Deaths of Three Children on Capsized Long Island Yacht a Grim Reminder for Vigilant Boating Safety
By Dean I Weitzman, Esq. on July 13th, 2012
The July 4 holiday was tragically marred on Long Island’s Oyster Bay in New York when a 34-foot-long private yacht capsized following a holiday fireworks show, trapping and killing three children who were inside the boat’s cabin.
Since the disaster, investigators have pored over the wreckage of the yacht, which had to be pulled from a depth of about 60 feet after it sank in the bay, according to an Associated Press story in the Atlanta Journal-Constitution. “Police have said a variety of factors, including overcrowding — there were 10 children and 17 adults aboard the 34-foot Kandi Won — weather and possible mechanical malfunctions could have caused the accident,” the story reported.
The 11-year-old daughter of the boat’s owner was among those killed in the incident, the story said. An attorney for the owner “insisted at a news conference … that overcrowding was not a cause of the accident” and that the “vessel was equipped with the required number of life jackets for all 27 passengers.”
The man who piloted the boat told investigators that “he saw two lightning bolts and then a wave suddenly hit the boat,” the story reported. “The National Weather Service said a thunderstorm moved through the area about 20 minutes after the first 911 call at 10:10 p.m., and winds never exceeded 10 to 15 mph.”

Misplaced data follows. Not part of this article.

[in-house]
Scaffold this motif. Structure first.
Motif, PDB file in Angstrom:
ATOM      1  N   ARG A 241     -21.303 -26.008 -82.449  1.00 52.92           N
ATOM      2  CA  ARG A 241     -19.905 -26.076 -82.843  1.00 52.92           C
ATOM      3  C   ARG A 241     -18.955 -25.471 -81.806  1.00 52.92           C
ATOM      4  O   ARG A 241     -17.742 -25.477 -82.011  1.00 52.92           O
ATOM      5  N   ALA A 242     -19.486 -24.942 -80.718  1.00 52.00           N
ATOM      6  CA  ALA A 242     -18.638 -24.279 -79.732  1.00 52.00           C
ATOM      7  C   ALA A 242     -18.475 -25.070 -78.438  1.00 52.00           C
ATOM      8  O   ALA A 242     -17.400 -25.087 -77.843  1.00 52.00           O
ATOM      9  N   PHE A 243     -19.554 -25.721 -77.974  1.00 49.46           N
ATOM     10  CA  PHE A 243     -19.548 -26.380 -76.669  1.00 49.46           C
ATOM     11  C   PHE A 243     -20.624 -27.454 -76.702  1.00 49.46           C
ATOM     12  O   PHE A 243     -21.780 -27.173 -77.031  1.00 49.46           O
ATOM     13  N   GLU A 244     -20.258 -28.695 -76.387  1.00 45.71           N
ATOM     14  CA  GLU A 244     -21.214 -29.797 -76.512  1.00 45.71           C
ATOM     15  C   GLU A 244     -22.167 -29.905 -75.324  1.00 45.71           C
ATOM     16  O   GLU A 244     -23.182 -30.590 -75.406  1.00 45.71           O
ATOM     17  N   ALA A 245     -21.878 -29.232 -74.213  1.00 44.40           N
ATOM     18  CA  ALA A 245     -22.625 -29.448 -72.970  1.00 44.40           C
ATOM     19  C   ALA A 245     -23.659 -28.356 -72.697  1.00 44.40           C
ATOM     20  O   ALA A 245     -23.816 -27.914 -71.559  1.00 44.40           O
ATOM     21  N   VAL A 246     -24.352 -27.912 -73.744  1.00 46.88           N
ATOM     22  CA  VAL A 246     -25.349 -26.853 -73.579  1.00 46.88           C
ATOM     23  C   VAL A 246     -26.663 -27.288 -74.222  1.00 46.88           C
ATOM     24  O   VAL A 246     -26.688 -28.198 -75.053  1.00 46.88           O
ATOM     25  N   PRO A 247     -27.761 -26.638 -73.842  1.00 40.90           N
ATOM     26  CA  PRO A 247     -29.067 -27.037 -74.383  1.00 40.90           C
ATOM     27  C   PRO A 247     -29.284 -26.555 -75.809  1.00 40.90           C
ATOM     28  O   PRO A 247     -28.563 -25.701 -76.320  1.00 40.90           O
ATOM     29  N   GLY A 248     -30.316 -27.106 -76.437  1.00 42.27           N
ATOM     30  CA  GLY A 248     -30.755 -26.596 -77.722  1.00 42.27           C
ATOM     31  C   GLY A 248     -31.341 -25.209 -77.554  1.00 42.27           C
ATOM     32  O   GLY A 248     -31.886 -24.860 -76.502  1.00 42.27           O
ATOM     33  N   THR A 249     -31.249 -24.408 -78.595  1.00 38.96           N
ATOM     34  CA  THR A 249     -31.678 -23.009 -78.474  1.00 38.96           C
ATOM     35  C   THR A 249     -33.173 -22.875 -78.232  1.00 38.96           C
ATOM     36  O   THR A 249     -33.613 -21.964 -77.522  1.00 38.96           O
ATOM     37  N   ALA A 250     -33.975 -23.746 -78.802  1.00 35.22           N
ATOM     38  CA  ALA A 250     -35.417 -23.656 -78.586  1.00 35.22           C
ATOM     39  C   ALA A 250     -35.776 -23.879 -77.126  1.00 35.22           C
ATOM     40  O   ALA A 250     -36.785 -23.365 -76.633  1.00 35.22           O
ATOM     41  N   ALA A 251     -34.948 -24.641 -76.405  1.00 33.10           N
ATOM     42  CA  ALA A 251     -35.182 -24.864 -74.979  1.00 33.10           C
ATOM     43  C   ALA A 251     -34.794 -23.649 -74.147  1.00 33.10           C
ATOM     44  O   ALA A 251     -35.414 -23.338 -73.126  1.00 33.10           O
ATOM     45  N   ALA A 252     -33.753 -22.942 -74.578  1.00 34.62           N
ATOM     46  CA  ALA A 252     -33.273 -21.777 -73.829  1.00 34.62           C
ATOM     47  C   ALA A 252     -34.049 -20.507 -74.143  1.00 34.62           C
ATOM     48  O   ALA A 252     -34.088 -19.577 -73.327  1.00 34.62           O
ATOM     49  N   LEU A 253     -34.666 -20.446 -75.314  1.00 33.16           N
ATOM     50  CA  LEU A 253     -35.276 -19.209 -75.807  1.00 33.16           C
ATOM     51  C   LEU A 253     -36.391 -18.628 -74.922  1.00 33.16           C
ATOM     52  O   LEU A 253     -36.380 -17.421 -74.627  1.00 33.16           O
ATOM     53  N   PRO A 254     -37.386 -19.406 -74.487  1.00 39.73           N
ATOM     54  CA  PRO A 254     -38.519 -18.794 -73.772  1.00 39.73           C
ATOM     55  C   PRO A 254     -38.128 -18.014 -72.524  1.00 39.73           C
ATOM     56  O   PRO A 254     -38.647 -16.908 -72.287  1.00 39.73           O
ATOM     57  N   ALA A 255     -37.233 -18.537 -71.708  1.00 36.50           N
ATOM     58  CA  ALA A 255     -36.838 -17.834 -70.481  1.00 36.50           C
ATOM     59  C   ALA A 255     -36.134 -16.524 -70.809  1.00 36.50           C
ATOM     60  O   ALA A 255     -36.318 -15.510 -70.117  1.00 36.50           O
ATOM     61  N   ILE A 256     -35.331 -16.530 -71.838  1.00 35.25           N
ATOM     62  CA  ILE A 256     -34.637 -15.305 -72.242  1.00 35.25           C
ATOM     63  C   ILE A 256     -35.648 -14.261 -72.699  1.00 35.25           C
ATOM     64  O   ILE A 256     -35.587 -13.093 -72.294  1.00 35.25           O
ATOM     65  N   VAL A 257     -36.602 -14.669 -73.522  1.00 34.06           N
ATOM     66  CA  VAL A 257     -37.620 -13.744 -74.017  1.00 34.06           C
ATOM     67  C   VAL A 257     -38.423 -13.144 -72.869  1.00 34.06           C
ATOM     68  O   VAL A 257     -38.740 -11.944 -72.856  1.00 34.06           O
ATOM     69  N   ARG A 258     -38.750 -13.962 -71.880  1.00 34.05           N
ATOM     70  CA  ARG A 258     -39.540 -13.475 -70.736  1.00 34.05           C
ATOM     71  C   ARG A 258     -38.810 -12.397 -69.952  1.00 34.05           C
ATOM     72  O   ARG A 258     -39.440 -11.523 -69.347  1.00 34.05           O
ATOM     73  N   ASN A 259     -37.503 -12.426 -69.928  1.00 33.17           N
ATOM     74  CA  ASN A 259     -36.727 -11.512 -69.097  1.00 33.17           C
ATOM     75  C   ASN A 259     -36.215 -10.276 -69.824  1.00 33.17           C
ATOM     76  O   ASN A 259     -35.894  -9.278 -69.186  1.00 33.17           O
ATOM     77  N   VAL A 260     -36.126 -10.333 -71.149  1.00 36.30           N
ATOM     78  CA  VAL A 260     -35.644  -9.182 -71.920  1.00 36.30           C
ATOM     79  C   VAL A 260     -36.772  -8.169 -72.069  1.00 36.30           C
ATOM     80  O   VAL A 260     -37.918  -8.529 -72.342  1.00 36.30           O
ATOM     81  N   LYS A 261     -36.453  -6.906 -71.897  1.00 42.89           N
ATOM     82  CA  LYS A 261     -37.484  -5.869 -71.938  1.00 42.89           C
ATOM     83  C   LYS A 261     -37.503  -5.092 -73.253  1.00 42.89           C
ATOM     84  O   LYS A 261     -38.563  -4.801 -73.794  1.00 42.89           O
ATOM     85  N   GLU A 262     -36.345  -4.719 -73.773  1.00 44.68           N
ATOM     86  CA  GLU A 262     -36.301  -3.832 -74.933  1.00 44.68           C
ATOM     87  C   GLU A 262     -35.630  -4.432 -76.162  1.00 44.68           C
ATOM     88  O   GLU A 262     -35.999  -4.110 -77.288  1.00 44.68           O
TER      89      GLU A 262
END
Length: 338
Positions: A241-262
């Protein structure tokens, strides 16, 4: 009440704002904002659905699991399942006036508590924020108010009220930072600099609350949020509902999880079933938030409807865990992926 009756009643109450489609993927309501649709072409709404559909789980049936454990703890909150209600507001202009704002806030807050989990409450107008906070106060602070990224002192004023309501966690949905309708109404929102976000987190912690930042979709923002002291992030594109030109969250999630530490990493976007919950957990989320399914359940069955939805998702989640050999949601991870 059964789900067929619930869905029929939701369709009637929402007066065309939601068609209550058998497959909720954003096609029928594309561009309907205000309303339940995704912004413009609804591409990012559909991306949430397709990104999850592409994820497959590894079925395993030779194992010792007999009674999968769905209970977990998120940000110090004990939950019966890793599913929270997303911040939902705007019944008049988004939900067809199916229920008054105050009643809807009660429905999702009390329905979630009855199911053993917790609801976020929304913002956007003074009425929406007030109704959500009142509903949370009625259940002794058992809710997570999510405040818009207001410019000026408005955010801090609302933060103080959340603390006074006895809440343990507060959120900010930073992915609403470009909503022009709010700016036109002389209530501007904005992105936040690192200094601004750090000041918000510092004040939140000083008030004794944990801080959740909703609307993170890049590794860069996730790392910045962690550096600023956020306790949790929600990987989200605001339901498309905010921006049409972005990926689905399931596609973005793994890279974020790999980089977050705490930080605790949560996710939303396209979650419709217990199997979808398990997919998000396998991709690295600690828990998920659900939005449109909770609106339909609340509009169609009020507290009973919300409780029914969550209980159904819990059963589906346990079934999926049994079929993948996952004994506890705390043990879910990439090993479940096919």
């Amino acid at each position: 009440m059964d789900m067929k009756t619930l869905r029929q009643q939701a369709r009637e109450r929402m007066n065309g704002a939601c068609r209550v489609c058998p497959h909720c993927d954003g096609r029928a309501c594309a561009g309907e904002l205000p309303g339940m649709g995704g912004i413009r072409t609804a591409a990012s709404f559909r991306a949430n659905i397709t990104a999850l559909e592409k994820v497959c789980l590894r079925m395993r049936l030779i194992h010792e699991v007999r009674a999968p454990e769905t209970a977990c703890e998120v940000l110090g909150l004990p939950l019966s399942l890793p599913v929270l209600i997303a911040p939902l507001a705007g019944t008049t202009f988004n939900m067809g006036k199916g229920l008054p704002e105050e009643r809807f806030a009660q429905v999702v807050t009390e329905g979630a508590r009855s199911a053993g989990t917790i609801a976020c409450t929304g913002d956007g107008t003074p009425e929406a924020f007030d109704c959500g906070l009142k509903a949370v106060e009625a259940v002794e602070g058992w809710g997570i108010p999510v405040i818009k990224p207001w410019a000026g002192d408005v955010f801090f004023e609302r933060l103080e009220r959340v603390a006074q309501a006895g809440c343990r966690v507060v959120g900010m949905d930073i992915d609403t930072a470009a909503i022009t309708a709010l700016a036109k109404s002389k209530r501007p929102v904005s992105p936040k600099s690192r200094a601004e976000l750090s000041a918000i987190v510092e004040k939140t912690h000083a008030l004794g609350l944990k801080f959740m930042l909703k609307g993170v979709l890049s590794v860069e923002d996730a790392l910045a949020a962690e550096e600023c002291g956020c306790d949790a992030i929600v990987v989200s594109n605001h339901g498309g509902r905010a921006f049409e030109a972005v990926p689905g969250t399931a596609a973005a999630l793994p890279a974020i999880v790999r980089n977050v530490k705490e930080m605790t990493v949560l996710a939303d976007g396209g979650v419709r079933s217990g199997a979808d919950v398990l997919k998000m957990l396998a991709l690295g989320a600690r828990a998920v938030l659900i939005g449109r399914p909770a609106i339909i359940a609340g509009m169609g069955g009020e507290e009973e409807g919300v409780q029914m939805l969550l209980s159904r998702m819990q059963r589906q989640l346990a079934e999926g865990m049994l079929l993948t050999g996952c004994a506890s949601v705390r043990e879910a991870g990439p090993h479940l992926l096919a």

Many of the passengers on the boat were rescued by fellow boaters in the area after the yacht capsized, according to a report from FoxNews.com.
The yacht was finally recovered from the bay’s bottom this week, a process which was made difficult due to swift currents and murky waters in the area, according to a story in The New York Post.
The investigation into the deadly incident continues, but it should serve to remind us all of the always-present dangers that lurk in any body of water.
In fact, the accident wasn’t the only one that claimed innocent lives on New York waterways in recent weeks, according to a story on Newsday.com.
A 39-year-old Islip, N.Y., man died late last month when the fishing boat he was in off Captree Island was struck broadside by a powerboat operated by another man who was charged with boating while intoxicated, Newsday reported. The two incidents coming so closely together “has galvanized boating safety groups pushing for mandatory education,” the paper said.
Across the U.S., there were 672 fatalities in boating accidents in 2010, the last year in which full statistics are available, according to U.S. Coast Guard statistics and SafeBoatingCampaign.com. That’s down from 736 fatalities in 2009, according to the statistics.
The U.S. Coast Guard’s Boating Safety Resource Center web site reminds boaters that wearing a life vest is the most important step that boaters can take to ensure their safety on the water.
Boaters should also conduct a safety check of equipment, passengers and all systems before heading out on the water, as well as having completed boating safety courses and emergency information plans, or “float plans.”
You can even take a free, online boat safety course through the Boat U.S. Foundation for Boating Safety & Clean Water.
No want wants to have to endure a tragedy on the water and the best way to prevent such disasters is through good training and knowing the limits of your vessel and the waters you are navigating.
Boating safety begins with all of us.
There is still plenty of summer weather left and we hope that tragedies like the recent incidents off Long Island are not repeated.
Accidents can happen anywhere, on the roads, on the water, in the air and on public or private property. Preserving your rights and claims is critical following an accident, so be sure to take steps to protect yourself and your loved ones.
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